I’ve just come back from Ambiente, a huge homewares, lifestyle and gifts trade show in Frankfurt to make sure Nigel’s Eco Store has some of the newest, best-designed, and greenest products available.
Ambiente showcased the latest product designs
Well, that was the plan at least.
Despite that fact there were 4,500 exhibitors at Ambiente from across Europe and Asia, I really struggled to find products that were either made from sustainable materials or had a sustainable purpose, or both.
Don’t get me wrong, some of the designs were really eye-catching and there was a lot of cool stuff there, but environmentally friendly or sustainable products were few and far between.
After traipsing around for several hours, I got more and more annoyed about this, so I started challenging exhibitors on why their products weren’t designed with sustainability in mind.
One exhibitor summed it up for me: “You’re the only person who’s asked,” she said. (More than 140,000 people went to the show.)
In other words, here at least, there’s little or no demand for sustainable products for the mass market.
Why on earth not?
We know we are using up the planet’s natural resources faster than it can replenish them; that we throw out millions of tonnes of perfectly reusable goods/materials; that the majority of manufacturing and production pollute and damage the environment and human lives all over the world.
We know all this and yet we continue to repeat the same old patterns.
Designers, companies and consumers all go along with the same old ‘take-make-dispose’ system that we’ve been using since the Industrial Revolution.
Time for a change
I don’t think business-as-usual is acceptable any more. We owe it to future generations to come up with a better way, one in that doesn’t let profit steamroller environmental and social concerns.
Change has to happen all along the supply chain, starting at the beginning of the process with design. About 80 per cent of the environmental impact of a product is determined at the design stage (1).
There are new schools of thought coming to the fore, such as emotionally durable design. This movement, led by Professor Jon Chapman at the University of Brighton, tries to create a deeper bond between people and the stuff they own by including hidden designs in products that only reveal themselves as the items age. This makes it more likely for consumers to keep products than replace them once they get old.
The idea is that if you can increase the length of time someone keeps a product from, say 12 to 18 months, you are delaying the need for the manufacturer to make a new one. This reduces the waste, materials and energy associated by making the product, by half.
These striking tea cups made by Laura Bethan Wood, one of Jon’s students, which reveal a pattern as the tea gradually stains the unglazed parts of the china, are a great example of emotionally durable design.
Unfortunately, new thinking such as this is by no means the norm in the design and commercial worlds. There needs to be more of it.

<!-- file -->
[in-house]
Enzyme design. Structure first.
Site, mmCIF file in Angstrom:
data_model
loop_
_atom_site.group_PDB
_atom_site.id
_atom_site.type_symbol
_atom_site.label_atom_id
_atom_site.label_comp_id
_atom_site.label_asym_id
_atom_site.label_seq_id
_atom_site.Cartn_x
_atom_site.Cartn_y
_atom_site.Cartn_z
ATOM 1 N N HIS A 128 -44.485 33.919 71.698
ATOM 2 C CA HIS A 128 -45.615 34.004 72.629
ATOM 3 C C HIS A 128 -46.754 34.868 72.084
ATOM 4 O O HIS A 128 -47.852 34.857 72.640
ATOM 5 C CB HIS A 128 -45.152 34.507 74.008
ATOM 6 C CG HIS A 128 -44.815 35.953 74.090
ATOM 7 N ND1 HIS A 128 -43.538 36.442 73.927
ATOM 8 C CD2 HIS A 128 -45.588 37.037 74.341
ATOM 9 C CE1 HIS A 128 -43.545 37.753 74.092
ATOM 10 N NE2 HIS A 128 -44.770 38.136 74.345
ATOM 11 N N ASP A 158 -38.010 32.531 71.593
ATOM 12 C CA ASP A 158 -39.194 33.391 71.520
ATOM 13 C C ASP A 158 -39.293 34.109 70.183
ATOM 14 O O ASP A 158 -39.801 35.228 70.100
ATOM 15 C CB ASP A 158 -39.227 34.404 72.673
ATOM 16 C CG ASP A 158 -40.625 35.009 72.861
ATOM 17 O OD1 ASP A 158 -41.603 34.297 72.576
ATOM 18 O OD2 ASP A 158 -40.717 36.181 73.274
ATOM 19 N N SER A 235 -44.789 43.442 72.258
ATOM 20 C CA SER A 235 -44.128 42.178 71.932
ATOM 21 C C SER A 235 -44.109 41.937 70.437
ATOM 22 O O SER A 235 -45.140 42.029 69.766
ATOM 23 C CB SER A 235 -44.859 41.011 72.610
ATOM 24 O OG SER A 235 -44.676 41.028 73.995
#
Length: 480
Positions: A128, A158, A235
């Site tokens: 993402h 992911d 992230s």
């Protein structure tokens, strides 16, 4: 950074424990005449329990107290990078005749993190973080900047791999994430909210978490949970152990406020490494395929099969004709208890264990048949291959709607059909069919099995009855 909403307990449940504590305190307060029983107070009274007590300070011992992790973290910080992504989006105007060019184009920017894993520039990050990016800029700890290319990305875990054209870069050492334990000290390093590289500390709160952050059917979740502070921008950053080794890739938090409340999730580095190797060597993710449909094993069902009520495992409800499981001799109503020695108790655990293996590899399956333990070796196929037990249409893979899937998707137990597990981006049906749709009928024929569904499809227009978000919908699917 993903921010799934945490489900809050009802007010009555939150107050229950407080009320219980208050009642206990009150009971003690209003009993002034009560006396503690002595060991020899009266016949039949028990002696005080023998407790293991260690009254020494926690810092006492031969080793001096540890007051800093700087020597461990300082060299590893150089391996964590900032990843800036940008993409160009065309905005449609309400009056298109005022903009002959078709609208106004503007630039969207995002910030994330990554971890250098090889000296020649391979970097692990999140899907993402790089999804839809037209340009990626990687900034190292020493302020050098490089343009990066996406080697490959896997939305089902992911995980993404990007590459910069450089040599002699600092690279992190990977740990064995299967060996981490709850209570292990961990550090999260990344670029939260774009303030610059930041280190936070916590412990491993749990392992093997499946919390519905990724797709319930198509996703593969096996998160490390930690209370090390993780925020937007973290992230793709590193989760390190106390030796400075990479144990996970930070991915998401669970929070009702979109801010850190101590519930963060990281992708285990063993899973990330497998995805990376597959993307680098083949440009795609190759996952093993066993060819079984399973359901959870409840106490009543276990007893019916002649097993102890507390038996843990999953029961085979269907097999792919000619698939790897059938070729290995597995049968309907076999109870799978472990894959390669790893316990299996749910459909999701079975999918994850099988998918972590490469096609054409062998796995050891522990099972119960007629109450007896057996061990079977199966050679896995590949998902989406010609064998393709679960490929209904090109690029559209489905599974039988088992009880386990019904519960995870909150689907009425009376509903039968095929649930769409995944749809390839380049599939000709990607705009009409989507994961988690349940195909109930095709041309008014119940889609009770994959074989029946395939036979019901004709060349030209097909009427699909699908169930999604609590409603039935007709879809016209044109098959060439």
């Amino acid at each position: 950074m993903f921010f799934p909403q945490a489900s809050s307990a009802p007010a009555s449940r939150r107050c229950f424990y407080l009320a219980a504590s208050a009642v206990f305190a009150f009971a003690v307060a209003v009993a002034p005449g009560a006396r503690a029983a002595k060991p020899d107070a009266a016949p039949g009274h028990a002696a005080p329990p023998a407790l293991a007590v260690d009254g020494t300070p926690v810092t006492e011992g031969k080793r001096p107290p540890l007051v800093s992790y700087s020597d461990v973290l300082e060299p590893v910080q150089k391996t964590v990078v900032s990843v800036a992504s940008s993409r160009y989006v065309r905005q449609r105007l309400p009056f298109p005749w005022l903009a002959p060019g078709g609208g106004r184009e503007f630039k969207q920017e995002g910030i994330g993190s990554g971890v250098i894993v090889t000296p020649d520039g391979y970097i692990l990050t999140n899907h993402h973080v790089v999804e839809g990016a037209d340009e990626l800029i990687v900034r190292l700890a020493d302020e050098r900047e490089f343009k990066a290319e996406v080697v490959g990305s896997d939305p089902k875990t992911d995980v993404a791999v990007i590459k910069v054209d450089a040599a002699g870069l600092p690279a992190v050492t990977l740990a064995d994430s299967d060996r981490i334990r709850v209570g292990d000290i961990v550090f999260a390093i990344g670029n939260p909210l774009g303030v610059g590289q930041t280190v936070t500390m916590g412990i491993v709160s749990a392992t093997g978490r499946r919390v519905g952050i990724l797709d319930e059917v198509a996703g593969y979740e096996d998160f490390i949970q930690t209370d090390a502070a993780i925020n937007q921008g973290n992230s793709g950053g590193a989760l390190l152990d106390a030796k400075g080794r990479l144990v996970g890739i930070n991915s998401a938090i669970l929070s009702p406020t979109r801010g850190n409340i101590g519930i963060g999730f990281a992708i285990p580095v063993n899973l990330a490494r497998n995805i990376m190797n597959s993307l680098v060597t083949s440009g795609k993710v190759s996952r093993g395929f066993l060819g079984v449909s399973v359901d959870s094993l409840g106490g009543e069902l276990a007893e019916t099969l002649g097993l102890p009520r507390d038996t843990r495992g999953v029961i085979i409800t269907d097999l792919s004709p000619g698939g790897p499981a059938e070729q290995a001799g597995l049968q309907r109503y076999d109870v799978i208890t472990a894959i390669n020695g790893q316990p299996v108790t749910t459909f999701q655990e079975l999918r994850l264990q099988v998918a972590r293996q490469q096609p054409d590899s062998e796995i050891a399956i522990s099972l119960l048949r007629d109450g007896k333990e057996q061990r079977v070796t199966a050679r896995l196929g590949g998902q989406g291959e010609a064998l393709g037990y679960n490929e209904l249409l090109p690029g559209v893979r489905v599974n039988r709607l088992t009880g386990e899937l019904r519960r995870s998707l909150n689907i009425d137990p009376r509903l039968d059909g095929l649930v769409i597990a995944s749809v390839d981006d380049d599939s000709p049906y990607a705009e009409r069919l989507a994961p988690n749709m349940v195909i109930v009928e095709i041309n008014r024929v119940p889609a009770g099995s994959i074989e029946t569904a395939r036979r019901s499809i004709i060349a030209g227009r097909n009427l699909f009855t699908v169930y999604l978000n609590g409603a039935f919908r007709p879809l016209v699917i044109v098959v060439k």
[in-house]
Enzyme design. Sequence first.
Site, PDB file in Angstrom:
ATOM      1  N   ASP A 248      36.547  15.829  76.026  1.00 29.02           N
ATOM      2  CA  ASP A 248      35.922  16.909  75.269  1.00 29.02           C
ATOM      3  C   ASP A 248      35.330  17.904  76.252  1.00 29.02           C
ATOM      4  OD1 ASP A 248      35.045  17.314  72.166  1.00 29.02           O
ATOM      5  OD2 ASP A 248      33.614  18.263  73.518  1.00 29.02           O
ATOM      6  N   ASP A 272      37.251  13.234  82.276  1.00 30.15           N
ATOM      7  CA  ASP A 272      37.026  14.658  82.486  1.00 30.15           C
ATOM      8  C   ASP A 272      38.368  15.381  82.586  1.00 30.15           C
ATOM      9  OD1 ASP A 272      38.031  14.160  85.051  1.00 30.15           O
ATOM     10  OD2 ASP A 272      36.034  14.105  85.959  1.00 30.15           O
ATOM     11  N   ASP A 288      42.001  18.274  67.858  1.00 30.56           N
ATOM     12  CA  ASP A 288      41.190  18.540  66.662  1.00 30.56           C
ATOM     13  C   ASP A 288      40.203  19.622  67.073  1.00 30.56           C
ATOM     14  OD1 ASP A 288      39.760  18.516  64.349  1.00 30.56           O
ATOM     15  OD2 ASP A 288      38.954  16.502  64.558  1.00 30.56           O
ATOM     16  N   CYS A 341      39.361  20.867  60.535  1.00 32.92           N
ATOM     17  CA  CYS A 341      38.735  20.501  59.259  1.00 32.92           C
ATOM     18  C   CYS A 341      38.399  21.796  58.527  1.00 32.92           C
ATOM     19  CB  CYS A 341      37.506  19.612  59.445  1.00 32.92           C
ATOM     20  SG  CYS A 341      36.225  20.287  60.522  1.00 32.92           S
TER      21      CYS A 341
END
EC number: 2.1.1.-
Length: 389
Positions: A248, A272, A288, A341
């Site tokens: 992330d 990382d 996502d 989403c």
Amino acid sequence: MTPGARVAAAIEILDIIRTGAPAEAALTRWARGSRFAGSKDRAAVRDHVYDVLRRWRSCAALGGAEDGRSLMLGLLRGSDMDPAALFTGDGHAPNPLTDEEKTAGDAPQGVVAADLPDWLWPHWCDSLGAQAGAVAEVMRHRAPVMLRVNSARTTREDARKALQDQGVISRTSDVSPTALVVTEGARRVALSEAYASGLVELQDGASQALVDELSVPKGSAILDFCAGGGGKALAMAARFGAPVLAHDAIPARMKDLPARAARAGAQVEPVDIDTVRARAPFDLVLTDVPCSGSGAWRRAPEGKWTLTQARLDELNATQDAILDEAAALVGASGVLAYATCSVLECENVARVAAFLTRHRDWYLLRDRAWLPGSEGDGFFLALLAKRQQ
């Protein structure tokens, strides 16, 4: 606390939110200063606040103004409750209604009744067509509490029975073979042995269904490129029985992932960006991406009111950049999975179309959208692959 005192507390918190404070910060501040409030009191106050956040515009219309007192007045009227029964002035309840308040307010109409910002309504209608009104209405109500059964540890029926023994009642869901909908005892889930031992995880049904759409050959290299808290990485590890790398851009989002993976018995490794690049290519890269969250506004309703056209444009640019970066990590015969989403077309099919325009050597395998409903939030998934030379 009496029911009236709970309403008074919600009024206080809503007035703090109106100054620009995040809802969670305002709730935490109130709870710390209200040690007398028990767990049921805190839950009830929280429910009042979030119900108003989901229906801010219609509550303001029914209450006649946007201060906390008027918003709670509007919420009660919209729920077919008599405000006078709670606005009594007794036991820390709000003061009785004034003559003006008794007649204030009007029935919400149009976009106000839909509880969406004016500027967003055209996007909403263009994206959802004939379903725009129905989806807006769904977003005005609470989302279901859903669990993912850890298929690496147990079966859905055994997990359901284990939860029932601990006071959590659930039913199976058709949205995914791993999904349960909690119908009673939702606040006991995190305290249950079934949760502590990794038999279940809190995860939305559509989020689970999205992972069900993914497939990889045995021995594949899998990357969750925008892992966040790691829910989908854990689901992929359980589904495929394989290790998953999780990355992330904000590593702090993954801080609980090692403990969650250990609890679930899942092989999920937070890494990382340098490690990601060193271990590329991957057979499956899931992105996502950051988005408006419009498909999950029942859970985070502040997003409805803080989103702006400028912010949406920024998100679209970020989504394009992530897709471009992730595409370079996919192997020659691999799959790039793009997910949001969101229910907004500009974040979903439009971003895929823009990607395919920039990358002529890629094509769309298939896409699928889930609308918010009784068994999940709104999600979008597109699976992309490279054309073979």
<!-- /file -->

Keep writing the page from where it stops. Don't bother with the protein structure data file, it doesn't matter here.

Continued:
The way we produce and manufacture stuff needs to change too — the way we do it at the moment is massively inefficient.
Some forward-thinking companies have realised this and are adopting circular economy business models, which are built around the aim of producing no waste at all.
More companies need to adopt these sorts of approaches.
Power to the people
The final piece in the puzzle is us the consumer (retail buyers like Nigel’s Eco Store included). It may not feel like it at times, but collectively we hold the balance of power. Even over massive companies like Nike or Apple.
If we make it clear that the environmental and social impacts of the products are important to us and are very, or even the most important factors in our decisions to buy certain things and not others, businesses will soon get the message.
They already have in some cases.
Twenty-five years ago, Fair Trade goods such as Café Direct coffee were seen as niche, economically insignificant products in a vast global market. But thanks to steadily increasing sales, driven by consumers who thought environmental and social principles were worth paying for (and still do), Cadbury, Starbucks and loads of other big brands noticed and realised they needed to get in on the act. Many now sell their own Fair Trade products.
Consumer power works because money talks. More of us must use it.
We also need to ask ourselves whether we really need new stuff all the time. Can “broken” stuff be repaired? Could your current smart phone last another six months before you upgrade it? Do we need to buy, buy, buy, all the time? It’s this insatiable appetite for new things that drives the whole system.
Break this habit, and companies will have to think of different ways to earn money – more service-based business models, perhaps, where they maintain, mend and upgrade the products you’ve bought from them instead of selling you new ones.
Back at the show, I did eventually find some great new things to add to the Nigel’s Eco Store range. You can see what I discovered here.
But at these trade shows, sustainable products need to be the rule rather than the exception. Designers, producers, consumers – wherever we are along the supply chain – it’s down to all of us to bring this about.
If we could pull it off, it would be a legacy to be proud of.
An energy saving Kettle I found at Ambiente